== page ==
Nilandron is prescribed to men who have advanced prostate cancer and have also undergone surgery to remove their testicles. This medicine works to block any remaining testosterone, which the cancer cells use to grow. A possible off-label use for Nilandron is the treatment of advanced prostate cancer in men who still have their testicles.
What Is Nilandron Used For?Nilandron® (nilutamide) is a prescription medication approved for the treatment of prostate cancer. Nilandron is reserved for cancer that has advanced beyond the prostate to other areas of the body (known as metastatic prostate cancer). It is used in men who have had surgery to remove their testicles (also known as surgical castration or an orchiectomy).
Prostate cancer is one of the most common types of cancer in men in the United States. It occurs when cancer cells grow in the tissue of the prostate gland, a small, walnut-shaped gland that secretes the liquid form of the semen.
Prostate cancer is normally a slow-growing cancer. Eventually, prostate cancer cells may spread (metastasize) throughout the body. By the time symptoms appear, the cancer may have already spread beyond the prostate (see Prostate Cancer Symptoms for information about symptoms of this condition).
Treatment for prostate cancer will depend on a number of factors, including how far the cancer has progressed, the symptoms a man is experiencing, and a man's personal preference. Treatment options for metastatic prostate cancer may include:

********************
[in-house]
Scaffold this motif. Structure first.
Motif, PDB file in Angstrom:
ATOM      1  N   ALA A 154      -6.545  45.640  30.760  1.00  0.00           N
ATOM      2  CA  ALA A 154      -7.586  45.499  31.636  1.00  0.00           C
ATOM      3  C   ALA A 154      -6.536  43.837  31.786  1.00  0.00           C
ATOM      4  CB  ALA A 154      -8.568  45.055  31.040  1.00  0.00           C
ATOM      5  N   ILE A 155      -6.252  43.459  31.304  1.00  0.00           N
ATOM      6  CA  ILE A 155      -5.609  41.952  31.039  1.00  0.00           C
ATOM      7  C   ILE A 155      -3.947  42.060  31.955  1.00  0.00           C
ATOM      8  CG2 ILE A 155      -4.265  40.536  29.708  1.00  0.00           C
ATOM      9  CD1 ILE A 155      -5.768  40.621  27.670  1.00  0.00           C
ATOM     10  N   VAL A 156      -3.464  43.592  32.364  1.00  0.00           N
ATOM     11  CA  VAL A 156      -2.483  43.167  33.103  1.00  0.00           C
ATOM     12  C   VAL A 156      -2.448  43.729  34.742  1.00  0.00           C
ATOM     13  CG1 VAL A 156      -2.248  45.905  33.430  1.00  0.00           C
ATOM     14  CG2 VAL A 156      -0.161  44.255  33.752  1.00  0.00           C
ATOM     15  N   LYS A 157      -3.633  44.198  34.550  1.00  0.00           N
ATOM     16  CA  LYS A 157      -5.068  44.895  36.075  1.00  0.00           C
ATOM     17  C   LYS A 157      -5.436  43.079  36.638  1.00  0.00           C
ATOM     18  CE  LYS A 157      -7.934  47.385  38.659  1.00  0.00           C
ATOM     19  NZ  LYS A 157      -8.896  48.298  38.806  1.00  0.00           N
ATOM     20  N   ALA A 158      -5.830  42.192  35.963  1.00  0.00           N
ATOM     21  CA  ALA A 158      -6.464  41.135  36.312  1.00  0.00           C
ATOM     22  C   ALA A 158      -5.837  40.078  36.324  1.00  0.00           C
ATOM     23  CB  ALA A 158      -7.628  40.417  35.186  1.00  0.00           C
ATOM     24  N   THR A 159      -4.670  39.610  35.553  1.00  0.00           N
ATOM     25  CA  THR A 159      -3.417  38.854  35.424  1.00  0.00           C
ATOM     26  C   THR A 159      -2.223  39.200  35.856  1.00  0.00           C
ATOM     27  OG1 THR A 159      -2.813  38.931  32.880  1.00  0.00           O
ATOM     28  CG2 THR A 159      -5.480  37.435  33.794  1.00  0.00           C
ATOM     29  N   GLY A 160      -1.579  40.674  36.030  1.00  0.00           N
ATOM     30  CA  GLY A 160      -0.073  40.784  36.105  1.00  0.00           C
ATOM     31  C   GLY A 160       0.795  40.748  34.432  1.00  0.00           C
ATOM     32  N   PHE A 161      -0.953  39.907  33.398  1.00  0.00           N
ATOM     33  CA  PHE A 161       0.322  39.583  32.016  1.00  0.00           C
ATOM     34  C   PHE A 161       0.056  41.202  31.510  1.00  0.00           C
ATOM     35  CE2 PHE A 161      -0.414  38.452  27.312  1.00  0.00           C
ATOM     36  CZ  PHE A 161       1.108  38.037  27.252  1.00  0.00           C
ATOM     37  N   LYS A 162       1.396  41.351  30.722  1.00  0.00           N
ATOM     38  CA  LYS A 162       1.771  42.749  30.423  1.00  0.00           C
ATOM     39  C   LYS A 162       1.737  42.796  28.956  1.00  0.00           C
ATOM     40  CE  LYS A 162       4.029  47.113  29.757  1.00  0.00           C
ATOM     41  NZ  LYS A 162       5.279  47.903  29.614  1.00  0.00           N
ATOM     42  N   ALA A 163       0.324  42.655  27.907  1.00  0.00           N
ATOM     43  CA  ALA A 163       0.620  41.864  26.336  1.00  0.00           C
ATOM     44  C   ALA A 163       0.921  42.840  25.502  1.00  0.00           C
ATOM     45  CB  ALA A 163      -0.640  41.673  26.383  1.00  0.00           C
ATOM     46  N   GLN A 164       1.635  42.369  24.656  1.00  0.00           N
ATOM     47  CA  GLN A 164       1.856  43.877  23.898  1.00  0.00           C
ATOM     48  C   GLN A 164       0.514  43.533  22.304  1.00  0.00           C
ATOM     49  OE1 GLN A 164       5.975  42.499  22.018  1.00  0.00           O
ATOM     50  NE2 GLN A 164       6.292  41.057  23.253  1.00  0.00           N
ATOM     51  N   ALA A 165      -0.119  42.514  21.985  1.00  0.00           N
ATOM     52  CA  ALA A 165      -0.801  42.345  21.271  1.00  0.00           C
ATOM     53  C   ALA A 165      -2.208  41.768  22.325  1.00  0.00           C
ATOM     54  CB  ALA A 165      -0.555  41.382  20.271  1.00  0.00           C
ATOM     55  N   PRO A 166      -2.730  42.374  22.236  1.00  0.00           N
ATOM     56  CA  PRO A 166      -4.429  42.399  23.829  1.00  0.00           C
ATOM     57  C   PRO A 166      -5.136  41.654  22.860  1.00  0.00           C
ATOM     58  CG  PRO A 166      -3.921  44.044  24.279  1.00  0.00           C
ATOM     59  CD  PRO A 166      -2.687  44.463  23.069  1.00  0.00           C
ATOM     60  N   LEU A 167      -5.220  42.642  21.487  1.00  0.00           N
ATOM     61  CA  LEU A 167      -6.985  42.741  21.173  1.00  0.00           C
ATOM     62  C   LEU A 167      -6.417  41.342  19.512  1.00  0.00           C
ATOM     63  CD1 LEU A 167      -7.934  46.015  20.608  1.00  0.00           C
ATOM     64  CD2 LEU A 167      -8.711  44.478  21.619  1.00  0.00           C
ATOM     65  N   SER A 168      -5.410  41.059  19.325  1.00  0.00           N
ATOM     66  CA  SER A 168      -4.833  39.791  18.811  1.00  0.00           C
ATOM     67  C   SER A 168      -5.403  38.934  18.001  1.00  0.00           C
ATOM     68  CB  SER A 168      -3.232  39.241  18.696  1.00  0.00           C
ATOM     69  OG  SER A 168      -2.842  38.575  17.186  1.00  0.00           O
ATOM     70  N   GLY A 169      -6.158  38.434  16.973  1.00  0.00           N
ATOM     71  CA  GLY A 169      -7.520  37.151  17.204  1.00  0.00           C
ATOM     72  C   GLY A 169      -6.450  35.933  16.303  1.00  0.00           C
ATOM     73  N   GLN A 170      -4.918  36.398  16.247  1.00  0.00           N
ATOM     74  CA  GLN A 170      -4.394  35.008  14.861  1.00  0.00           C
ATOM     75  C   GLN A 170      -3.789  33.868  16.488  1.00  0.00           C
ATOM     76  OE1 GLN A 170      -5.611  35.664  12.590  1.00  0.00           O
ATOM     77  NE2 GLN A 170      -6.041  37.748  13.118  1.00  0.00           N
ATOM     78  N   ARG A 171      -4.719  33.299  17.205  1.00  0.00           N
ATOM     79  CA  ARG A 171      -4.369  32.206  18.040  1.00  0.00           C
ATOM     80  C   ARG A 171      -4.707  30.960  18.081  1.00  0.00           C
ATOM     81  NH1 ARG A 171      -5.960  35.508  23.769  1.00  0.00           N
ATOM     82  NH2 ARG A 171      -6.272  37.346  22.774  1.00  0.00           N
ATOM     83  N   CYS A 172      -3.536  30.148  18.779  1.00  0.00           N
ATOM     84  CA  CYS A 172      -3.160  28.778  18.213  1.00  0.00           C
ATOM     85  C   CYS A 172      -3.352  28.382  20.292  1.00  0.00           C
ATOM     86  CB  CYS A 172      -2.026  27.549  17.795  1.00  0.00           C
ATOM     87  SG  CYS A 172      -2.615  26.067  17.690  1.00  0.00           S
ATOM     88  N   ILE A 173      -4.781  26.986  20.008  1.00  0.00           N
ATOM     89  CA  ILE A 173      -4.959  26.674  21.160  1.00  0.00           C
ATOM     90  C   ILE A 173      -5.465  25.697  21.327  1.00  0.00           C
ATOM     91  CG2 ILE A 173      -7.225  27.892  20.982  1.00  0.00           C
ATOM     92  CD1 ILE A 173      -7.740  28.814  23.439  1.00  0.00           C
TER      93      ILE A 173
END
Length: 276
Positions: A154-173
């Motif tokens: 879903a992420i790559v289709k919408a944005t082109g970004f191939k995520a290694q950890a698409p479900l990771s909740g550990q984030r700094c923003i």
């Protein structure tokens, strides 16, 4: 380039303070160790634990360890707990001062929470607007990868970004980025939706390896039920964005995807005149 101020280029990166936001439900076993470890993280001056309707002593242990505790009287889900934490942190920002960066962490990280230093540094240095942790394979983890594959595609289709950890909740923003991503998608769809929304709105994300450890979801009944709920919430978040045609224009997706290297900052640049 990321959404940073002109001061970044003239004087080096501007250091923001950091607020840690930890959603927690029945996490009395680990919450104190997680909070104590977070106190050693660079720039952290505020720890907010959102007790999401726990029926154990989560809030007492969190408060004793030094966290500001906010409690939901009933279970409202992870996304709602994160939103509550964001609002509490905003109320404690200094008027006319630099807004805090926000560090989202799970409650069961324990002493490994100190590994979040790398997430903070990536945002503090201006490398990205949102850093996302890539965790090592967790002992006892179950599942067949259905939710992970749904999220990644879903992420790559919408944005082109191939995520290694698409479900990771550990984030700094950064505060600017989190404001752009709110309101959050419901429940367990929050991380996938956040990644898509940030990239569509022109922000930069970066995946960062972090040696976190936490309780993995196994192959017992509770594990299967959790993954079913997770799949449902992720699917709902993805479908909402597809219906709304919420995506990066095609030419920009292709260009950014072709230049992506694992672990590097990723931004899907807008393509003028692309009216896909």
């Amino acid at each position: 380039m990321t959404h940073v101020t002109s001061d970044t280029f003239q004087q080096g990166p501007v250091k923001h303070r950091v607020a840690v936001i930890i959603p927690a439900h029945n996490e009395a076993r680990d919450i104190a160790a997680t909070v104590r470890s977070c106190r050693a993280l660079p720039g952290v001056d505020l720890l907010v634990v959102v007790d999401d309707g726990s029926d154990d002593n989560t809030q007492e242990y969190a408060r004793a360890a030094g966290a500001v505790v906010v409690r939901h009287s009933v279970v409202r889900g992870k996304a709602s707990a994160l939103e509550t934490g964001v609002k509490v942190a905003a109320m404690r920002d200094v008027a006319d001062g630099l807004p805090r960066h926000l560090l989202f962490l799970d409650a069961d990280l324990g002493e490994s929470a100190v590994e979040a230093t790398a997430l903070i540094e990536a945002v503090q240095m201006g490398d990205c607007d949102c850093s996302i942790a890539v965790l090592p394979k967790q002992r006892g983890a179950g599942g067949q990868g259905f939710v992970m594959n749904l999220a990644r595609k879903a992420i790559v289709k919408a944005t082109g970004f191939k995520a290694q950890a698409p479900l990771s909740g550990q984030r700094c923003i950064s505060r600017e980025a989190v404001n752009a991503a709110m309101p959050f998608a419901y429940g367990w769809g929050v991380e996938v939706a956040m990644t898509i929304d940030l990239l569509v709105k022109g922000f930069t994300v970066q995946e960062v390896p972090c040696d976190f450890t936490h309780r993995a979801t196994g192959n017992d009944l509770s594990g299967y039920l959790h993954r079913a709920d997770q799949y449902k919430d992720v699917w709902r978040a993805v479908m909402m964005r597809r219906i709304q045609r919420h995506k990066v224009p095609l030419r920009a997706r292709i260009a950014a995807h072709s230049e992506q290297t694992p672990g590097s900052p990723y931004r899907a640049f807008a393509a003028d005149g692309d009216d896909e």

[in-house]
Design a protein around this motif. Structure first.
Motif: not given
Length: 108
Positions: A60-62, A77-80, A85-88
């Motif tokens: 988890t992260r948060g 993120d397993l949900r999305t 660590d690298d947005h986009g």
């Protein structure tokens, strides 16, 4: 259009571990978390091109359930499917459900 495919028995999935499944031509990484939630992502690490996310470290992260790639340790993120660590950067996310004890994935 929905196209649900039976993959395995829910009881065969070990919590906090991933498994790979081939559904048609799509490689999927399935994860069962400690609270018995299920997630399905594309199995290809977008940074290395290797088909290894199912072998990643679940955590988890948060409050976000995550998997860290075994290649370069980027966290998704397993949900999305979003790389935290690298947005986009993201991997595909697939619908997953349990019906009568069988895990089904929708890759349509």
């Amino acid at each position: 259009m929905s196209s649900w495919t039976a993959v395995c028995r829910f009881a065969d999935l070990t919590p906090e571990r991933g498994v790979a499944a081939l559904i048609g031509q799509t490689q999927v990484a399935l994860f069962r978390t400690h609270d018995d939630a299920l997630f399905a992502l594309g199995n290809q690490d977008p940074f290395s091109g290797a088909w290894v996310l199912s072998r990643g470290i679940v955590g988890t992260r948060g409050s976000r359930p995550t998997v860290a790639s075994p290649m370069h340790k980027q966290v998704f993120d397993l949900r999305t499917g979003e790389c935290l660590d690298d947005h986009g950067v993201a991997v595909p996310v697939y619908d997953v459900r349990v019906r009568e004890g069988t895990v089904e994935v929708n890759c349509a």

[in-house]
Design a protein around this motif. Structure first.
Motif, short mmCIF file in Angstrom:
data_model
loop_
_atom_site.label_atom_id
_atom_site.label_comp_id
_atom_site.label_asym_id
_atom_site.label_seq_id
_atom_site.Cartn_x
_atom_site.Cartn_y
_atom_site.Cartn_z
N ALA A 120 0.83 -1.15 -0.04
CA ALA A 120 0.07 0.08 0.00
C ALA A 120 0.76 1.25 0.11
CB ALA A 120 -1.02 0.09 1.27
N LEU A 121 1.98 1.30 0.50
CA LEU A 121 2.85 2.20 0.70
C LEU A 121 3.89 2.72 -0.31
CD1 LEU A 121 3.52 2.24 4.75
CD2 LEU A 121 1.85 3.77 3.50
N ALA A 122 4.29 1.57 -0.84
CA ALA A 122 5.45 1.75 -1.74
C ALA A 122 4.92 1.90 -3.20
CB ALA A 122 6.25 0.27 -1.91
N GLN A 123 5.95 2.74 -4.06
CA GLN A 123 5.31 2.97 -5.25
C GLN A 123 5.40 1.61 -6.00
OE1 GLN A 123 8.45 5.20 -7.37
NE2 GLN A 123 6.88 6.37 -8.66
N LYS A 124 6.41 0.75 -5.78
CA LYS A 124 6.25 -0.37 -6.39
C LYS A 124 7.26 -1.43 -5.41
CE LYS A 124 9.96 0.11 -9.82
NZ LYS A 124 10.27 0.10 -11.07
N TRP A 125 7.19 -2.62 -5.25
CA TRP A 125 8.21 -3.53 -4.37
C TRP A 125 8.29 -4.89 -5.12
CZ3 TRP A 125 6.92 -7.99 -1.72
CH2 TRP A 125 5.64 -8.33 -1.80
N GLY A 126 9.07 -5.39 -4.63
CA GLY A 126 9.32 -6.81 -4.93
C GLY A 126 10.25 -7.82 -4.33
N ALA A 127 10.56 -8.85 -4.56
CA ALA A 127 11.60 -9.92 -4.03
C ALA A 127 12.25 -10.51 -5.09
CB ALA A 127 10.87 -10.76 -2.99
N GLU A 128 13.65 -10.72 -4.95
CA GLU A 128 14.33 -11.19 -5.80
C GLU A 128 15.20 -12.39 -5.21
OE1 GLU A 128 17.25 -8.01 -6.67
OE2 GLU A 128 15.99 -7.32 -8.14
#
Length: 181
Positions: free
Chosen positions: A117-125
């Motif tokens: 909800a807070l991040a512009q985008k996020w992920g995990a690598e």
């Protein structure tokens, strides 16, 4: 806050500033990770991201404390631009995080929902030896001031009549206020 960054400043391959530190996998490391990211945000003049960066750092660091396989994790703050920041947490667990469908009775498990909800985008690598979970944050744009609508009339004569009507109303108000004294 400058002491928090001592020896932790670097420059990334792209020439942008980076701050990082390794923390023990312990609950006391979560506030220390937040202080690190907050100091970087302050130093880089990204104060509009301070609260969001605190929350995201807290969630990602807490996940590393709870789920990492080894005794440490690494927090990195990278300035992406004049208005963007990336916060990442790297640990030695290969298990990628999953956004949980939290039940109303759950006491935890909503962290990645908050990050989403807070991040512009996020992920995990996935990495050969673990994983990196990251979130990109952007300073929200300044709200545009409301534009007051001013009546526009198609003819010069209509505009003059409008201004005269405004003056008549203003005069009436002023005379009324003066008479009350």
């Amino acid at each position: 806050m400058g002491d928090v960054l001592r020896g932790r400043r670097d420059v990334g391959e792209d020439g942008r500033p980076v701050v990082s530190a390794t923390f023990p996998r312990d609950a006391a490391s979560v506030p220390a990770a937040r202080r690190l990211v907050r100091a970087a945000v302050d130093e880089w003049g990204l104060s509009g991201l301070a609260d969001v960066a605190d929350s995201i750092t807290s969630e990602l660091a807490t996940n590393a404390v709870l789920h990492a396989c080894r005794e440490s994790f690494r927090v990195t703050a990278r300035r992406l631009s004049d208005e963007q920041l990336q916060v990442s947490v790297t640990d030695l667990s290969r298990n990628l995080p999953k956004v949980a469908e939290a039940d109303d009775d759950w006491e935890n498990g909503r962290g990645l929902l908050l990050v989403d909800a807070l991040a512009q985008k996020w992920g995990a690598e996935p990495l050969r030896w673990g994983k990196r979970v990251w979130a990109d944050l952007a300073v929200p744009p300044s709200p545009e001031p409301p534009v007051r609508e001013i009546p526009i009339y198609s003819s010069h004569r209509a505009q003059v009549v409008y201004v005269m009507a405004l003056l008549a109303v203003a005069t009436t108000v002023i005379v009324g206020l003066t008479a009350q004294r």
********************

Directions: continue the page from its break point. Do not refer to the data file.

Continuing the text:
- Watchful waiting (see Watchful Waiting for Prostate Cancer)
- Radiation therapy (see Radiation Treatment for Prostate Cancer)
- Hormone therapy (see Prostate Cancer Hormone Therapy).
Prostate cancer hormone therapy combats the disease by cutting off the supply of male hormones (androgens), such as testosterone, that encourage the cancer's growth. Although hormonal therapy cannot cure metastatic prostate cancer, it will usually shrink or halt the advancement of the disease, often for years. Hormone therapy can be administered through medications, including Nilandron, or surgery to remove the testicles, which are the main source of testosterone.
Surgery to remove the testicles (orchiectomy or surgical castration) is usually an outpatient procedure. The testicles are removed through a small incision in the scrotum; the scrotum itself is left intact. To help offset the operation's psychological toll, some men opt for reconstructive surgery in which the surgeon replaces the testicles with prostheses shaped like testicles.
Nilandron is used in combination with surgery to remove the testicles. The medication is started the day of or the day following the surgery.